Monday, January 30, 2006

NSA data-mining: beyond the politics 

Philip Bobbitt, professor of law at the University of Texas and author of The Shield of Achilles: War, Peace, and the Course of History -- a book for which the descriptor "magisterial" was invented -- explains "Why We Listen" in today's New York Times. Bobbitt comes as close as possible, I think, to nailing my own view of the NSA "eavesdropping" program. Only to get you to read the whole thing, here's a fair use excerpt (commentary below):
In the debate over whether the National Security Agency's eavesdropping violated the Foreign Intelligence Surveillance Act, we must not lose sight of the fact that the world we entered on 9/11 will require rewriting that statute and other laws. The tiresome pas de deux between rigid civil libertarians in denial of reality and an overaggressive executive branch seemingly heedless of the law, while comforting to partisans of both groups, is not in the national interest.

Owing to the globalization of telecommunications, many telephone calls between parties in foreign countries or with an American at one end are routed through American networks. By analyzing this traffic, the National Security Agency has been gathering clues to possible terrorist activities.

The agency was authorized by the president, we are told, to intercept messages if one of its supervisors believed there was a link to Al Qaeda — rather than requiring the usual statutory showing before a special court of probable involvement in terrorist activity when one party to the exchange is a "U.S. person" (a person in America or at an American corporation abroad). This would appear contrary to the provisions of the surveillance act.

The N.S.A. is our most important intelligence agency. Typically, about 60 percent of the president's daily brief comes from its intercepts. But the agency was created during the cold war to collect against enemy countries, and that war, indeed that kind of war, has now been superseded. Signals intelligence in the 20th century meant intercepting analog signals along dedicated voice channels, connecting two discrete and known target points. In the 21st century, communications are mostly digital, carry billions of bits of data, are dynamically routed in packets to be reassembled and are globally networked....

If we agree that the National Security Agency now needs to trace and analyze large volumes of phone and Internet traffic looking for particular patterns and to cross-reference leads, then it seems clear that traditional, specific warrants may sometimes not be appropriate.

Furthermore, not only are there presumably conspirators within the United States, but conversations between two foreign persons could be routed, via the Internet, through American switches to give the appearance of a domestic-to-international connection. It is difficult to imagine getting warrants now in such situations, because the standard of probable cause to conclude that the target is a terrorist cannot be met....

This is not to play down the damage done to our war aims by the executive branch's repeated appearance of an indifference to law. A president does have an obligation to assess the constitutionality of statutes, but when he secretly decides a measure is unconstitutional and neglects to say so (much less why), he undermines the very system of public consent for which we are fighting. Having said that, we also must not be so absorbed by questions of statutory construction that we ignore the revolutionary political and technological events that are transforming the world in which our laws must function.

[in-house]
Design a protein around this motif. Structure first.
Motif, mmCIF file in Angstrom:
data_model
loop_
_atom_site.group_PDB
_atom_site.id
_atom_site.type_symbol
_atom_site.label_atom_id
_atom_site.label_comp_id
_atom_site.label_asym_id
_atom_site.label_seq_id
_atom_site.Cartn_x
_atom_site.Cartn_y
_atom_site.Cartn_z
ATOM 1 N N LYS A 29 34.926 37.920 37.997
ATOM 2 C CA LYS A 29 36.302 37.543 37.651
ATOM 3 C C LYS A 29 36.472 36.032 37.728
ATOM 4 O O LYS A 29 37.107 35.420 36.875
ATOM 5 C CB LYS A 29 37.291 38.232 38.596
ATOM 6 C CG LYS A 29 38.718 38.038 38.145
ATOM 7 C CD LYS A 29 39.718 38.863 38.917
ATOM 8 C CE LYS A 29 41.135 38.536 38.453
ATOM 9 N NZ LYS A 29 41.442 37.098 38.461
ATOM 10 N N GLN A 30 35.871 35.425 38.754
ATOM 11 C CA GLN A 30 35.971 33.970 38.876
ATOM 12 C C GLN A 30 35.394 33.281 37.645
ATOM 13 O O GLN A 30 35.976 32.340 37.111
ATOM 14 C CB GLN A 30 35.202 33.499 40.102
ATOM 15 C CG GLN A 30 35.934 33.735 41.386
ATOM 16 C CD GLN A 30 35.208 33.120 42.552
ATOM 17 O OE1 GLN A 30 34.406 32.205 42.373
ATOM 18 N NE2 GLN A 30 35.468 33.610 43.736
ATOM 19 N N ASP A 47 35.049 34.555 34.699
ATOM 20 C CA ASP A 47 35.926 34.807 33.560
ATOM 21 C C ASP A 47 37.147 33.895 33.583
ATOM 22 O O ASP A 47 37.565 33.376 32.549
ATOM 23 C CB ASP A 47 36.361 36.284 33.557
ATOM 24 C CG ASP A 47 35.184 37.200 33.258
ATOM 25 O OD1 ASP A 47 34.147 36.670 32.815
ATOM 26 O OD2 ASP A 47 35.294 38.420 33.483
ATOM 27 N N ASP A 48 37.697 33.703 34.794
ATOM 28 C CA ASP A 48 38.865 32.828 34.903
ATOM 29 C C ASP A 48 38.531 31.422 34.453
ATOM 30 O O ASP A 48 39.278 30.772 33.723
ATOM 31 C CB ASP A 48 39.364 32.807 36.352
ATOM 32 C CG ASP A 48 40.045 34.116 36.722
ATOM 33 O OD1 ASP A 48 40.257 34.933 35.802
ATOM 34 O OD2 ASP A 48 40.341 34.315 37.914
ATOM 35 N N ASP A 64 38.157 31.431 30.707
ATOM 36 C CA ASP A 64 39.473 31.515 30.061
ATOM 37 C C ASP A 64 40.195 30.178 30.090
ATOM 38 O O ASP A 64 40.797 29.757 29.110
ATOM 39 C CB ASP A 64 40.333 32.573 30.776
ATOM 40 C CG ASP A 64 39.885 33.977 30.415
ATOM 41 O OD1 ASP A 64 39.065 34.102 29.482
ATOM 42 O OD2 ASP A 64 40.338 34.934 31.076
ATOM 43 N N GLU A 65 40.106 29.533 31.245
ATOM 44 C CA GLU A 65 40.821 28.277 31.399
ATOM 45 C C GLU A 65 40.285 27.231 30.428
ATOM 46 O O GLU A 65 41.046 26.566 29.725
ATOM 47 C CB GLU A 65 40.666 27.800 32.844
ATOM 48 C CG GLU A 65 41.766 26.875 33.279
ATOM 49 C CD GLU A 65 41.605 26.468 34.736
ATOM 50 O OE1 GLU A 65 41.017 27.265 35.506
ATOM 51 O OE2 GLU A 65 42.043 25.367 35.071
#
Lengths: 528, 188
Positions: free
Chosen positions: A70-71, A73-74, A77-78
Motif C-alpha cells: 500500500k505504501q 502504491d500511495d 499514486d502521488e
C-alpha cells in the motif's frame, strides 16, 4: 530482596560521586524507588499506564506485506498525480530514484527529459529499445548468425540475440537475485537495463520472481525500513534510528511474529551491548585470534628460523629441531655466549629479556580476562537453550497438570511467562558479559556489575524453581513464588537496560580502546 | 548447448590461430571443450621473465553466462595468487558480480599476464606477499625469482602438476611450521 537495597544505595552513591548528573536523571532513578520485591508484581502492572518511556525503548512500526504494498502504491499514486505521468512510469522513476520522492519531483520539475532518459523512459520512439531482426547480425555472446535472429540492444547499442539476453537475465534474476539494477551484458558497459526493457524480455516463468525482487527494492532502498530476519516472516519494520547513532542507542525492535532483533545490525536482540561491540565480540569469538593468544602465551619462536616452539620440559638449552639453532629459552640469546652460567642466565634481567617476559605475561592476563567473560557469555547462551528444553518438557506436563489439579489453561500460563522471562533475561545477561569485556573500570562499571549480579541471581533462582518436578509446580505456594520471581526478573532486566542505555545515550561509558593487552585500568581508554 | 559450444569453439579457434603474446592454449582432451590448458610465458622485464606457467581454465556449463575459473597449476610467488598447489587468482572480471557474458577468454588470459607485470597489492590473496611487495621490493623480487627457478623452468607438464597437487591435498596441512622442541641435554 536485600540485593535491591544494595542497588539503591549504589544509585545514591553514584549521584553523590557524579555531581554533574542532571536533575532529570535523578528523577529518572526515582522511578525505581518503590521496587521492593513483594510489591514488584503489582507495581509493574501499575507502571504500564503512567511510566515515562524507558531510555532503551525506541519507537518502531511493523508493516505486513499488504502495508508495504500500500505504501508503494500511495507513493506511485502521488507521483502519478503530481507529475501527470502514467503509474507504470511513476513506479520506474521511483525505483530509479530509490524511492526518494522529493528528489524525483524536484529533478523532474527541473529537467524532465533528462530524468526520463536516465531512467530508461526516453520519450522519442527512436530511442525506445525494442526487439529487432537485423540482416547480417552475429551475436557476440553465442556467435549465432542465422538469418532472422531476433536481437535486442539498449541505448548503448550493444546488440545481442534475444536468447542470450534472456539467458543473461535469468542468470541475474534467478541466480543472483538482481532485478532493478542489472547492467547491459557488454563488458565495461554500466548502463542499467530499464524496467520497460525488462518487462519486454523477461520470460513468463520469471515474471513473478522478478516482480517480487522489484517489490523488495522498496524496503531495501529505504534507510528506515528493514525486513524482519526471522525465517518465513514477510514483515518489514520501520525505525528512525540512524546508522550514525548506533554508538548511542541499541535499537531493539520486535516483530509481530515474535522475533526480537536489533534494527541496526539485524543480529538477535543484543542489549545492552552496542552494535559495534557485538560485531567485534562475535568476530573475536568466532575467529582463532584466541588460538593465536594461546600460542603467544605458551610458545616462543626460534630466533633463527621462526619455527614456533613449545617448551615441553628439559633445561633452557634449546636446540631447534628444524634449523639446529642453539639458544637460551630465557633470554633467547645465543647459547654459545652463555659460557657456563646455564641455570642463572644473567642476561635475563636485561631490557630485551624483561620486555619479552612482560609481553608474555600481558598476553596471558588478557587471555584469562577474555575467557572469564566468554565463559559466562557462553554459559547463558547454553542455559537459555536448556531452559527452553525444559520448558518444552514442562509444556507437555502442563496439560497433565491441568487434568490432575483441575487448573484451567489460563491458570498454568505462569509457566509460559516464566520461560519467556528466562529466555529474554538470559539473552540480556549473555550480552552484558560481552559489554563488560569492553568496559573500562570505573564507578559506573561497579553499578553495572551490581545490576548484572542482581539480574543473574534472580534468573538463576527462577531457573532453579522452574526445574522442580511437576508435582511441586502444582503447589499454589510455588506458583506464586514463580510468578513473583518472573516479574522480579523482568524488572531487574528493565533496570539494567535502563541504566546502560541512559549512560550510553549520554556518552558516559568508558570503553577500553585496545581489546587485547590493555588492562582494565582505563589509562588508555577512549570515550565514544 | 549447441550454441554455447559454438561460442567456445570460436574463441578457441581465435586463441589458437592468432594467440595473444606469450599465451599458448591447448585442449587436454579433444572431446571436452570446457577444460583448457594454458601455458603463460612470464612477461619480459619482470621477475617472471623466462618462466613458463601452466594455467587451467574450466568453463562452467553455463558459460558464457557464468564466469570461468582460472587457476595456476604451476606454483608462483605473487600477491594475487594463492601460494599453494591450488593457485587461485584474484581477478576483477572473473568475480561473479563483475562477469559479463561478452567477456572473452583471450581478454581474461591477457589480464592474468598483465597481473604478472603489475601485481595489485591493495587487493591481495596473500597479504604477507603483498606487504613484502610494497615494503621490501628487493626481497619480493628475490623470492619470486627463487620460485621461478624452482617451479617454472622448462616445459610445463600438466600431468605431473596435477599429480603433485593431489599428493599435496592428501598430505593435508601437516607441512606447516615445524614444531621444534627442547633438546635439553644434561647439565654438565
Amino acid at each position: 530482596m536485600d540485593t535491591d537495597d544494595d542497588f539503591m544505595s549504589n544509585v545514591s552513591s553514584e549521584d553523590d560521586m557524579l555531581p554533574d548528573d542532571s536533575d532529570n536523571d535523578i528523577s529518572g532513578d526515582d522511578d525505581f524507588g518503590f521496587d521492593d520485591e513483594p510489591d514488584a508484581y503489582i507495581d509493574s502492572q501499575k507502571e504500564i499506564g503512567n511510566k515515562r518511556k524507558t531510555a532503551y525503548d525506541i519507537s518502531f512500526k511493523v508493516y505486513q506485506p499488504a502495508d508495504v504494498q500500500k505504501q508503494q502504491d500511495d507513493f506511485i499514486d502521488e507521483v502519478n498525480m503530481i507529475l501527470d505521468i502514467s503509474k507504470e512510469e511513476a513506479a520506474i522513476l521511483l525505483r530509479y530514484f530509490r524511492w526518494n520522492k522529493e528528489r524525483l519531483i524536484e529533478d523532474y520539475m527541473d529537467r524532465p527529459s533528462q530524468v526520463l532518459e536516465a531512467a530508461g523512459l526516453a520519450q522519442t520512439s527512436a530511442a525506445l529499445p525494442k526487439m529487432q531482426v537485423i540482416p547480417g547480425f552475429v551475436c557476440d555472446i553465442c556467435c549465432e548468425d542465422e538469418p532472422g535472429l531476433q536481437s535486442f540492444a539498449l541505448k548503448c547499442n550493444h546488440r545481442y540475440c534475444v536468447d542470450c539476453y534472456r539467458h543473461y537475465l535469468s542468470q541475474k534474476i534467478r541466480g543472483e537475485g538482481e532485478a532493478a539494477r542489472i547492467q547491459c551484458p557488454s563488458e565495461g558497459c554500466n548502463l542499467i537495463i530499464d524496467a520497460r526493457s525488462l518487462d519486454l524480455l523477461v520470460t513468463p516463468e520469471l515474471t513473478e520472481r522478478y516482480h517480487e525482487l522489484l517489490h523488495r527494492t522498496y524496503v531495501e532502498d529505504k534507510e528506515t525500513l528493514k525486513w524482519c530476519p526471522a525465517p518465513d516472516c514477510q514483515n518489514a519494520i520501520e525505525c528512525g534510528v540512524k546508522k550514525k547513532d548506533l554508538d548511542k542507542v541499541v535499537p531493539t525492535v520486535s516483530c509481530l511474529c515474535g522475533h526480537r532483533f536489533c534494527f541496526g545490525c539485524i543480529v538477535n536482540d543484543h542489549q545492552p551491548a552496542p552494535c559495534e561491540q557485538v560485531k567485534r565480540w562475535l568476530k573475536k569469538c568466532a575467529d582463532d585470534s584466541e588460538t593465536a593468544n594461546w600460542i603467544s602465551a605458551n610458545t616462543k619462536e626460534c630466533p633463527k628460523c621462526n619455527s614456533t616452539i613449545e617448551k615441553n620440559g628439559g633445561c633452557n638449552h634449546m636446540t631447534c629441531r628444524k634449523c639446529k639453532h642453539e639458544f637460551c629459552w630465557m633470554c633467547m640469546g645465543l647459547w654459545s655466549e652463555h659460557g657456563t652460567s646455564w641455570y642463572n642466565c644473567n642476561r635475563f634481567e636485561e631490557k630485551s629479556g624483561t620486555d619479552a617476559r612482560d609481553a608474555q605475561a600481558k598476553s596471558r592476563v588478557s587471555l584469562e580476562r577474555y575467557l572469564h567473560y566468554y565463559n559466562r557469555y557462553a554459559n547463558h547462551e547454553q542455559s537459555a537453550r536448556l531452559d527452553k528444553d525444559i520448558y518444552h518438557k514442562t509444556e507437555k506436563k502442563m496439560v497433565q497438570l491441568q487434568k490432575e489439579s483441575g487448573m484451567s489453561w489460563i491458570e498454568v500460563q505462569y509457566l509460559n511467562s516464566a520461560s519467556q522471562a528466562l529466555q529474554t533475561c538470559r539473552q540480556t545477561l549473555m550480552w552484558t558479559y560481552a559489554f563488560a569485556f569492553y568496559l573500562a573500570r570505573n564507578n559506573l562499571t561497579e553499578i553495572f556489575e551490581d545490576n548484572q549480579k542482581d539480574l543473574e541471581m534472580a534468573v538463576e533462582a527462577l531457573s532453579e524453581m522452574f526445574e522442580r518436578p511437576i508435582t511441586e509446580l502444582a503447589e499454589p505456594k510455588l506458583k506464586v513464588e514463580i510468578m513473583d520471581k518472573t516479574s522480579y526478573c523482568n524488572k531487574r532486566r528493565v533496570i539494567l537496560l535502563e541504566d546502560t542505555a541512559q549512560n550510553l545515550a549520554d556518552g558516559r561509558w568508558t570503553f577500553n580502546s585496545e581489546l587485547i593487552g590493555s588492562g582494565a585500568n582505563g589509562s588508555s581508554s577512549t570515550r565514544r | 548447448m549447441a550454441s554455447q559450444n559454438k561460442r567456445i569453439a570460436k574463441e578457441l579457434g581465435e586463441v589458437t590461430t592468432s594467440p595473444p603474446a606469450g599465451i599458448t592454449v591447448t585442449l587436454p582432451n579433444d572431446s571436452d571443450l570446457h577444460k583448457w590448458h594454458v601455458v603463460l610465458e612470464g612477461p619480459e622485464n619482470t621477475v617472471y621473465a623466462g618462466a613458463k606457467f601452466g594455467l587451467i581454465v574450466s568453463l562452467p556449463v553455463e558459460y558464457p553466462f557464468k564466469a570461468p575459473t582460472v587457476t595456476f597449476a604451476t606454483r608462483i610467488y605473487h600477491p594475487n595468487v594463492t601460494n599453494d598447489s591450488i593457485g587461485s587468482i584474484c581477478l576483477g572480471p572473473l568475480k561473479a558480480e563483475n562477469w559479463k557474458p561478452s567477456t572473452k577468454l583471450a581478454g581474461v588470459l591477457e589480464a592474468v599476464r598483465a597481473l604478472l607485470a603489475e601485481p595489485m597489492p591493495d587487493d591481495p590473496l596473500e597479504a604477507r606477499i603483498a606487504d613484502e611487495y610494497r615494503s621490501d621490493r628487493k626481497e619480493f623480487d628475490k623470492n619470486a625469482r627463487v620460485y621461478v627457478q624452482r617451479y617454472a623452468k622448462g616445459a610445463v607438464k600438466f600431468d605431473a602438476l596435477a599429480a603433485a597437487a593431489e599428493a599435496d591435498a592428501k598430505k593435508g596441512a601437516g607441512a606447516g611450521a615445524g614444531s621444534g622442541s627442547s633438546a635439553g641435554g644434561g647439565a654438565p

Bobbitt is not only right that FISA needs revision in light of the technology, but it also needs revision in light of the threat (I appreciate that the Bush administration's legal arguments may stand up in the inevitable litigation that will contest them, but nobody should prefer that domestic surviellance hang on the commander-in-chief power). FISA was enacted in the static Cold War in the wake of Nixon's paranoid surveillance of activist groups and others who opposed him. At the time, the concern was that the federal government would use the threat of Soviet espionage as an excuse to listen in on the telephone conversations of people that it considered subversive, whether or not they were merely exercizing their rights under the Constitution. Spycatching is a deliberate process that requires the precise gathering of evidence that will usually be used in a criminal prosecution. Why not get a warrant? There is almost always plenty of time, and it guarantees that the evidence won't be chucked out in the prosecution under the exclusionary rule (the best guarantee against unchecked warrantless searches, I might add).

Today's task -- the interdiction of terrorists -- is an entirely different problem. Very often, no crime (other than perhaps conspiracy or some infraction of immigration law) has occurred. The purpose of the current program is to stop an attack. Evidence need not be perfect, or even rise to the level of "probable cause" necessary to get a warrant. We just need to disrupt the enemy's operation. That is -- essentially -- a military operation, whether or not it involves a "U.S. person" as defined in FISA. Yes, that is the harsh reality of today's world: the jihad is forcing us to conduct military operations on our own soil, just as the Confederacy did 145 years ago. Get used to it.